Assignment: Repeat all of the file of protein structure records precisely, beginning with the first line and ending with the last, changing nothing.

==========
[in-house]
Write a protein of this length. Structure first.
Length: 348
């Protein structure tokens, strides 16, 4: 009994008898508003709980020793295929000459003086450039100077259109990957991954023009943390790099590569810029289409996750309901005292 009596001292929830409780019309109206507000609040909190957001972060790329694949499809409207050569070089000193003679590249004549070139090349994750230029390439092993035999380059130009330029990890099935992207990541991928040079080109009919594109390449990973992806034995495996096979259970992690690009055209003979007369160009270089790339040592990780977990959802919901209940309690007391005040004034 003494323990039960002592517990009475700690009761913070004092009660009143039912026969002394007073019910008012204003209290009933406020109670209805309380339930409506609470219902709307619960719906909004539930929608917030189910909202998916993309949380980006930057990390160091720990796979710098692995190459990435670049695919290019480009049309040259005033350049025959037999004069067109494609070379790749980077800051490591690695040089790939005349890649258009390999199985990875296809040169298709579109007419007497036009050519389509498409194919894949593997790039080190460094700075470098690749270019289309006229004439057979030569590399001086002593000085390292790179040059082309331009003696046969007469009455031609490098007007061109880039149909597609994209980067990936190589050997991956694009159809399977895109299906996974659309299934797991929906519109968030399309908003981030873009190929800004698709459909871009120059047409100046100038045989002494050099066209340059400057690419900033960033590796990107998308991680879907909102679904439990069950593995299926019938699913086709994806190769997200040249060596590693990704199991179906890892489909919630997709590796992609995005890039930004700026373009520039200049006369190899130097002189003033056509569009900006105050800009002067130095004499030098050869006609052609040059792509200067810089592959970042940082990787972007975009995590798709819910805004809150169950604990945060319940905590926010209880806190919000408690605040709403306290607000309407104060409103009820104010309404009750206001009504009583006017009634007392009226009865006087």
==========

[in-house]
Write a protein of this length. Structure first.
Length: 348
């Protein structure tokens, strides 16, 4: 009994008898508003709980020793295929000459003086450039100077259109990957991954023009943390790099590569810029289409996750309901005292 009596001292929830409780019309109206507000609040909190957001972060790329694949499809409207050569070089000193003679590249004549070139090349994750230029390439092993035999380059130009330029990890099935992207990541991928040079080109009919594109390449990973992806034995495996096979259970992690690009055209003979007369160009270089790339040592990780977990959802919901209940309690007391005040004034 003494323990039960002592517990009475700690009761913070004092009660009143039912026969002394007073019910008012204003209290009933406020109670209805309380339930409506609470219902709307619960719906909004539930929608917030189910909202998916993309949380980006930057990390160091720990796979710098692995190459990435670049695919290019480009049309040259005033350049025959037999004069067109494609070379790749980077800051490591690695040089790939005349890649258009390999199985990875296809040169298709579109007419007497036009050519389509498409194919894949593997790039080190460094700075470098690749270019289309006229004439057979030569590399001086002593000085390292790179040059082309331009003696046969007469009455031609490098007007061109880039149909597609994209980067990936190589050997991956694009159809399977895109299906996974659309299934797991929906519109968030399309908003981030873009190929800004698709459909871009120059047409100046100038045989002494050099066209340059400057690419900033960033590796990107998308991680879907909102679904439990069950593995299926019938699913086709994806190769997200040249060596590693990704199991179906890892489909919630997709590796992609995005890039930004700026373009520039200049006369190899130097002189003033056509569009900006105050800009002067130095004499030098050869006609052609040059792509200067810089592959970042940082990787972007975009995590798709819910805004809150169950604990945060319940905590926010209880806190919000408690605040709403306290607000309407104060409103009820104010309404009750206001009504009583006017009634007392009226009865006087």